Paper No. 51-1
Presentation Time: 1:30 PM
MOBILIZATION AND TRANSLOCATION OF SUBSURFACE LEAD BY TITHONIA ROTUNDIFOLIA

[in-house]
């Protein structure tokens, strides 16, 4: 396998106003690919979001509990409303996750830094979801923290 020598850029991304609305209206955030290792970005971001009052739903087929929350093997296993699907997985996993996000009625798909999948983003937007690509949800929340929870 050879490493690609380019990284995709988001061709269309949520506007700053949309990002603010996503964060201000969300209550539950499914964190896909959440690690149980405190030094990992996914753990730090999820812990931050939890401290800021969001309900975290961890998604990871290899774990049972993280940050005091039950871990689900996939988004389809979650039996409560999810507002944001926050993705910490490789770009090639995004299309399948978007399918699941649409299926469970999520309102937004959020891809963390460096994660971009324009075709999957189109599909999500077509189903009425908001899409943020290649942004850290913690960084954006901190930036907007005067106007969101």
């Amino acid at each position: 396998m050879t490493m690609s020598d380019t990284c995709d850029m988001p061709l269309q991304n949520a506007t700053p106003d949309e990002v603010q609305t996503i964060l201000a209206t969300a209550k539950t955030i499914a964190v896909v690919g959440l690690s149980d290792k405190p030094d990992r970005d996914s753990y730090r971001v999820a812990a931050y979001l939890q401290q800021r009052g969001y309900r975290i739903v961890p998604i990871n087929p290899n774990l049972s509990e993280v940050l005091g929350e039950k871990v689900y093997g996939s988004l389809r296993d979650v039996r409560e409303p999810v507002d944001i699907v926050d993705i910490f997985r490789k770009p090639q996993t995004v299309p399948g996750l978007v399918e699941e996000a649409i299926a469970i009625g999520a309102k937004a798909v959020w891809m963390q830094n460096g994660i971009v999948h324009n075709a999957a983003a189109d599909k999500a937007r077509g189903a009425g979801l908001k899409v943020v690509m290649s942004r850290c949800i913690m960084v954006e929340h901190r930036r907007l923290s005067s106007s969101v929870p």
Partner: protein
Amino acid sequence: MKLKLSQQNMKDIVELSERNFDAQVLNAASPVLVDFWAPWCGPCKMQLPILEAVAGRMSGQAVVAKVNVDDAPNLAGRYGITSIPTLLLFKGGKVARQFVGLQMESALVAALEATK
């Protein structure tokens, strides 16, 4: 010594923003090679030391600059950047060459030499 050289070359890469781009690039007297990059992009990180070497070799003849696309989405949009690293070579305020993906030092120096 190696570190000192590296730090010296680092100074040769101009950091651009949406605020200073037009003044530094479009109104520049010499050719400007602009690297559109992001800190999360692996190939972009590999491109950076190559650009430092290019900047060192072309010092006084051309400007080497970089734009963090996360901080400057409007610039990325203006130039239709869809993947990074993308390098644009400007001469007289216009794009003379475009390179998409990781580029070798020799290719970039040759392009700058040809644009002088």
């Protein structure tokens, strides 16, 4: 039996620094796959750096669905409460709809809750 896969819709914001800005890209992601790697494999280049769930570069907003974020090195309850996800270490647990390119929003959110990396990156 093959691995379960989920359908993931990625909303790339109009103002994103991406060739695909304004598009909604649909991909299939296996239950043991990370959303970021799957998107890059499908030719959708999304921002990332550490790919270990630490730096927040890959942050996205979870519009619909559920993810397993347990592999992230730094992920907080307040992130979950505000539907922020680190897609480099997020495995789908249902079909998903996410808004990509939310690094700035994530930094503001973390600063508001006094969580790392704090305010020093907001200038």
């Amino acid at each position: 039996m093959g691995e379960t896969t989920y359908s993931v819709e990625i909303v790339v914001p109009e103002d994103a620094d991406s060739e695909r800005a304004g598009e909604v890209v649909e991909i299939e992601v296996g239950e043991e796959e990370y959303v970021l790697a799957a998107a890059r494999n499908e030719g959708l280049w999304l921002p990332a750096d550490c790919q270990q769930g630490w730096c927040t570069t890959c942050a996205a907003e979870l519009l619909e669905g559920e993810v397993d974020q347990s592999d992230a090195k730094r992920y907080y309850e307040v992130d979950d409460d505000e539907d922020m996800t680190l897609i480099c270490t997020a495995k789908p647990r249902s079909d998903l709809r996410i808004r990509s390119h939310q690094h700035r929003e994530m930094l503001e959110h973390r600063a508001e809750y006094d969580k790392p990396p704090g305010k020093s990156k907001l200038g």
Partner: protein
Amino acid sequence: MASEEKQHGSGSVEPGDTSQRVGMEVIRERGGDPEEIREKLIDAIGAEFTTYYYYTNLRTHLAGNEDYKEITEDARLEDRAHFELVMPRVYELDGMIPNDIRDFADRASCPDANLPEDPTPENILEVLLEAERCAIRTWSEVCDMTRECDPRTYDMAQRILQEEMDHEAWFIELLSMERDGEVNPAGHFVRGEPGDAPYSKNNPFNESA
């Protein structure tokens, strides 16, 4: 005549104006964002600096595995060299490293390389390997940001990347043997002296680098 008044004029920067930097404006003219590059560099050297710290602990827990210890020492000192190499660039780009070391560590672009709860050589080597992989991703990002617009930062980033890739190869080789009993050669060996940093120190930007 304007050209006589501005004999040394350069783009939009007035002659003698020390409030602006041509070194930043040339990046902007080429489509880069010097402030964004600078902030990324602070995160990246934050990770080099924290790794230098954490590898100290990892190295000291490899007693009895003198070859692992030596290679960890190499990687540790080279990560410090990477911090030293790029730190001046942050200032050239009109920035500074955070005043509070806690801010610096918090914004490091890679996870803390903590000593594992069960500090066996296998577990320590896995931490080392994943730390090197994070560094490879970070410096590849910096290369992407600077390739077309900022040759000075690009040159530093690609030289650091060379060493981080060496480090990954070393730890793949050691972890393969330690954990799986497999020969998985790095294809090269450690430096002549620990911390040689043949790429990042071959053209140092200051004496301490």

In countries that are heavily dependent on mining and metal processing, widespread heavy metal contamination is a serious concern. Human exposure to high concentrations of heavy metals, like lead, can cause severe health problems and in some cases death. One contaminant of global health and environmental concern is lead, which can affect soil, air, water, vegetation and people in the area near former and active mining/industrial sites. People living in contaminated areas are at high risk of heavy metal exposure in their daily lives, which can be exacerbated by plants mobilizing the metals in the soil and bringing them to the surface. When the metals are brought to the surface they can easily contaminate the dust, which is one of the major human exposure pathways. This study investigates the ability and capacity of Tithonia rotundifolia to move lead from soils and soil water below ground to the surface. Tithonia rotundifolia was grown in a greenhouse and contaminated with lead through contaminated soils or by watering with a liquid lead nitrate solution. Preliminary results show lead concentrations in the stems ranging from 20 to 172 ppm with an average of 100 ppm. Lead concentrations in the leaves ranged from 7 to 121 ppm with an average of 37 ppm. Concentrations in the flowers ranged from 0.8 to 1 ppm with an average of 0.89 ppm. The seeds had lead concentrations ranging from 1.7 to 10.4 ppm with an average of 4.78 ppm. These results show a significant amount metals being translocated by the plants. The role of plants should, therefore, be considered when attempting to reduce heavy metal exposure in heavily contaminated areas.